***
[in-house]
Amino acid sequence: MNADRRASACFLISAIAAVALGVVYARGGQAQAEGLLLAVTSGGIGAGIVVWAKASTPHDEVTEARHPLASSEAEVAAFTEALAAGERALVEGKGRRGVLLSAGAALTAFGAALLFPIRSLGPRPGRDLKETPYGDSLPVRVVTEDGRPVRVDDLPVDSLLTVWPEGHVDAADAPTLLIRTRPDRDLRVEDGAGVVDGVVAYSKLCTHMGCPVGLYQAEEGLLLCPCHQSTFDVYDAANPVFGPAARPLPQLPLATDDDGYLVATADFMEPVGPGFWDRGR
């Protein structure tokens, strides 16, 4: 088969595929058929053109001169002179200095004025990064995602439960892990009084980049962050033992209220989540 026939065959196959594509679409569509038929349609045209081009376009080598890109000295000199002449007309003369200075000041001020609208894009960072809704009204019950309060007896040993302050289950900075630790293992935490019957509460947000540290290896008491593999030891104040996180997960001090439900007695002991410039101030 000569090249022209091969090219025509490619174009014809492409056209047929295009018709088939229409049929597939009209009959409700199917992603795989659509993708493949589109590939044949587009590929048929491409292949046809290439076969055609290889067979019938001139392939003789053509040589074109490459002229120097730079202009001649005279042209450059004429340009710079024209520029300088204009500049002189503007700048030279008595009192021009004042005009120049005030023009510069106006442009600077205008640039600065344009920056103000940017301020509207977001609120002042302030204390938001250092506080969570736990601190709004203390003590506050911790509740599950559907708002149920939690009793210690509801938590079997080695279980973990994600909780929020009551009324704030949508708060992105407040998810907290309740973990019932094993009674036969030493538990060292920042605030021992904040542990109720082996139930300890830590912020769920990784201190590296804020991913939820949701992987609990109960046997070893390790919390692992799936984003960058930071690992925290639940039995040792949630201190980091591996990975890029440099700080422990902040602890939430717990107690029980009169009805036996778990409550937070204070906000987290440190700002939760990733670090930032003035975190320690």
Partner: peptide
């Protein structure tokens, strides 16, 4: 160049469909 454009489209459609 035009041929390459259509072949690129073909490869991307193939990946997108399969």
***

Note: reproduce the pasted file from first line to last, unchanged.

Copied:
[in-house]
Amino acid sequence: MNADRRASACFLISAIAAVALGVVYARGGQAQAEGLLLAVTSGGIGAGIVVWAKASTPHDEVTEARHPLASSEAEVAAFTEALAAGERALVEGKGRRGVLLSAGAALTAFGAALLFPIRSLGPRPGRDLKETPYGDSLPVRVVTEDGRPVRVDDLPVDSLLTVWPEGHVDAADAPTLLIRTRPDRDLRVEDGAGVVDGVVAYSKLCTHMGCPVGLYQAEEGLLLCPCHQSTFDVYDAANPVFGPAARPLPQLPLATDDDGYLVATADFMEPVGPGFWDRGR
């Protein structure tokens, strides 16, 4: 088969595929058929053109001169002179200095004025990064995602439960892990009084980049962050033992209220989540 026939065959196959594509679409569509038929349609045209081009376009080598890109000295000199002449007309003369200075000041001020609208894009960072809704009204019950309060007896040993302050289950900075630790293992935490019957509460947000540290290896008491593999030891104040996180997960001090439900007695002991410039101030 000569090249022209091969090219025509490619174009014809492409056209047929295009018709088939229409049929597939009209009959409700199917992603795989659509993708493949589109590939044949587009590929048929491409292949046809290439076969055609290889067979019938001139392939003789053509040589074109490459002229120097730079202009001649005279042209450059004429340009710079024209520029300088204009500049002189503007700048030279008595009192021009004042005009120049005030023009510069106006442009600077205008640039600065344009920056103000940017301020509207977001609120002042302030204390938001250092506080969570736990601190709004203390003590506050911790509740599950559907708002149920939690009793210690509801938590079997080695279980973990994600909780929020009551009324704030949508708060992105407040998810907290309740973990019932094993009674036969030493538990060292920042605030021992904040542990109720082996139930300890830590912020769920990784201190590296804020991913939820949701992987609990109960046997070893390790919390692992799936984003960058930071690992925290639940039995040792949630201190980091591996990975890029440099700080422990902040602890939430717990107690029980009169009805036996778990409550937070204070906000987290440190700002939760990733670090930032003035975190320690």
Partner: peptide
């Protein structure tokens, strides 16, 4: 160049469909 454009489209459609 035009041929390459259509072949690129073909490869991307193939990946997108399969």